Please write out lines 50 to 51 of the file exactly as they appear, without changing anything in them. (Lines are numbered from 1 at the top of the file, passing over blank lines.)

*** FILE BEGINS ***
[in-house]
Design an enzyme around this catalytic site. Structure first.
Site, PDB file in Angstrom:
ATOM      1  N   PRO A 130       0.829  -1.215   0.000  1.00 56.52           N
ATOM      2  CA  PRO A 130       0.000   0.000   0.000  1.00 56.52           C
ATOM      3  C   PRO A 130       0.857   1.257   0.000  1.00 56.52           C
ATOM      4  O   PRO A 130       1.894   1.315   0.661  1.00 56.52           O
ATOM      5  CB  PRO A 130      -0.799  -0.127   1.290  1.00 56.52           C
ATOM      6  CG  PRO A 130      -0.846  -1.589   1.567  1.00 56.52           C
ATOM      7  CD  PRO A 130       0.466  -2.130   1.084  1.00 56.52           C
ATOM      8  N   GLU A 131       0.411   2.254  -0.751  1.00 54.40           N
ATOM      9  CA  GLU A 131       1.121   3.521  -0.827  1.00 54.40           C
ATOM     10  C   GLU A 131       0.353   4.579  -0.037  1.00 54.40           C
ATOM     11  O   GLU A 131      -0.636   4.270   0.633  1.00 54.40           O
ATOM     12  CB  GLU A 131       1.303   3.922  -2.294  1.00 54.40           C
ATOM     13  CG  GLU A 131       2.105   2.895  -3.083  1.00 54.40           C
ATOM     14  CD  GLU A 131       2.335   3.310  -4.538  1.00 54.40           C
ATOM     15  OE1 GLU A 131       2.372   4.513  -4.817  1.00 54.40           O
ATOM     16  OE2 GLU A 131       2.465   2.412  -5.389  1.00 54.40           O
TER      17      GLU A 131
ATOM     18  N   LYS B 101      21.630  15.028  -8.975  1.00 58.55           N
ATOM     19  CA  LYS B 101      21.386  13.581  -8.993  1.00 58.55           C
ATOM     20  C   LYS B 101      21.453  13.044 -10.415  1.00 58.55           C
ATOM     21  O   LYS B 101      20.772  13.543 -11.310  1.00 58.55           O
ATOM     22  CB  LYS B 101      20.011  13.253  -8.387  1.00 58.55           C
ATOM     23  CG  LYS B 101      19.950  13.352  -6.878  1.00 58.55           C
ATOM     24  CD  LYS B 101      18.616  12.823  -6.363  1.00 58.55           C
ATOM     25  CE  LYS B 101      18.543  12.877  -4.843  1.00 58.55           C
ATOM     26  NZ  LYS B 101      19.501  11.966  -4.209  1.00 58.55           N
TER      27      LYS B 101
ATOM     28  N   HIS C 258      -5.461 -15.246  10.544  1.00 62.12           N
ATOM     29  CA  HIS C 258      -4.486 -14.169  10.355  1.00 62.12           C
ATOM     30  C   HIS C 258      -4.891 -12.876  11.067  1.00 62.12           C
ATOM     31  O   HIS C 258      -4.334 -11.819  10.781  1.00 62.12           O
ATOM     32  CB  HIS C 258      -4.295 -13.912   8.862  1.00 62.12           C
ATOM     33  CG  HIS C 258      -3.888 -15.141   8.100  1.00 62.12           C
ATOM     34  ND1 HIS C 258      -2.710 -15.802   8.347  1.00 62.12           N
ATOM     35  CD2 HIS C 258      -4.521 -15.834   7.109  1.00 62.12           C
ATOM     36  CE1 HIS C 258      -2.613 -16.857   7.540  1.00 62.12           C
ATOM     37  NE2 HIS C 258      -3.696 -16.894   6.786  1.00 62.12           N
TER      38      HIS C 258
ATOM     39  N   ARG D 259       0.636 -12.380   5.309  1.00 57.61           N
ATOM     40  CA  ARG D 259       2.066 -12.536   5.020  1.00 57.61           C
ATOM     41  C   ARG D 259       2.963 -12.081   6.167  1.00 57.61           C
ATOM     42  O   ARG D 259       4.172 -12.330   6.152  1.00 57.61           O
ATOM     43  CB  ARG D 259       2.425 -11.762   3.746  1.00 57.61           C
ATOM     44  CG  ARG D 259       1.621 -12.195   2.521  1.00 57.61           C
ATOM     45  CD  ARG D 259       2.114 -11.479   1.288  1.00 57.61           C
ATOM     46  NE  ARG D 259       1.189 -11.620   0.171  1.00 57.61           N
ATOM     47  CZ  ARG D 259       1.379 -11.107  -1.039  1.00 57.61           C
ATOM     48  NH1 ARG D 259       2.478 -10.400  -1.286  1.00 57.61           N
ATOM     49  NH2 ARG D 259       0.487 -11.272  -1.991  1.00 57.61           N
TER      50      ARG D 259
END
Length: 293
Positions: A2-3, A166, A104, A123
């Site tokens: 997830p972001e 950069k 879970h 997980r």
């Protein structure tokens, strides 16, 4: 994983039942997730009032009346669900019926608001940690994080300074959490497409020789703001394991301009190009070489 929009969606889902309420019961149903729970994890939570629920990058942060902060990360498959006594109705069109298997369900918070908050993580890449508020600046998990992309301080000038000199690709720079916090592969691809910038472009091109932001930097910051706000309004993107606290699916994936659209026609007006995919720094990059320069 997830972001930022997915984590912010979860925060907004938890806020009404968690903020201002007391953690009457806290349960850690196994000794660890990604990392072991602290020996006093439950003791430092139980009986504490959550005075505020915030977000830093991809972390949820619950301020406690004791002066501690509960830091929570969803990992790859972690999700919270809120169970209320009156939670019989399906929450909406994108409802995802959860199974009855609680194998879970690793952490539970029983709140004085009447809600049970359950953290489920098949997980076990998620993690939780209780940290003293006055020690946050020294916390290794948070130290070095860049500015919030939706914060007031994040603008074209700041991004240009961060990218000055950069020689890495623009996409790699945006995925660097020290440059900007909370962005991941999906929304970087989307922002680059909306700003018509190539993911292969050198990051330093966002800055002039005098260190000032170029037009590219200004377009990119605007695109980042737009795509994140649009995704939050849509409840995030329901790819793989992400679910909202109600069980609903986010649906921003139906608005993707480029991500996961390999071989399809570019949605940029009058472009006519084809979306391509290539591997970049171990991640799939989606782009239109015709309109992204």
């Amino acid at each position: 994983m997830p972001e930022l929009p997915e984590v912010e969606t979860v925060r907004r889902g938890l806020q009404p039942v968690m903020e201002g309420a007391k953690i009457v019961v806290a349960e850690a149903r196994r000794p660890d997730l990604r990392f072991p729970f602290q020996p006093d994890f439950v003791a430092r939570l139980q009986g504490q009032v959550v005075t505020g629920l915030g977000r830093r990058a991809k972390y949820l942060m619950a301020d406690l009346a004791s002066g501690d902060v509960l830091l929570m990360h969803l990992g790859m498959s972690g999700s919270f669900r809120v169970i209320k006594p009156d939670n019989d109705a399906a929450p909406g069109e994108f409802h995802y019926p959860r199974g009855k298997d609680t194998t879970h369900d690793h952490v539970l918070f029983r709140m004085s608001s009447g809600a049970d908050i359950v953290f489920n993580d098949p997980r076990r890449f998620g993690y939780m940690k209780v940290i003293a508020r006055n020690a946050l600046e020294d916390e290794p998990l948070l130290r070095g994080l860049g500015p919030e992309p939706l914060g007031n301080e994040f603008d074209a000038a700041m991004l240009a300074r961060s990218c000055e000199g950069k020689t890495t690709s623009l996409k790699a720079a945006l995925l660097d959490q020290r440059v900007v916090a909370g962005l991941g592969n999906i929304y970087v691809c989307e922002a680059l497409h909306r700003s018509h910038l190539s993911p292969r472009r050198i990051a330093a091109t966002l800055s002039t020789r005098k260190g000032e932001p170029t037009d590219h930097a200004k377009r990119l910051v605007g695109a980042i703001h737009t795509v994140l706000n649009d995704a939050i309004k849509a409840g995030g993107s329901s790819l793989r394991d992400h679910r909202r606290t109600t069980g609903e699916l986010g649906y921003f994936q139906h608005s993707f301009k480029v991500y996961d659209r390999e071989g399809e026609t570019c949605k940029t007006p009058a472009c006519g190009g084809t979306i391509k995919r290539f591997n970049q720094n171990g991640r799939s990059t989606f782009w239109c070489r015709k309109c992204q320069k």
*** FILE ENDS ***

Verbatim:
ATOM     47  CZ  ARG D 259       1.379 -11.107  -1.039  1.00 57.61           C
ATOM     48  NH1 ARG D 259       2.478 -10.400  -1.286  1.00 57.61           N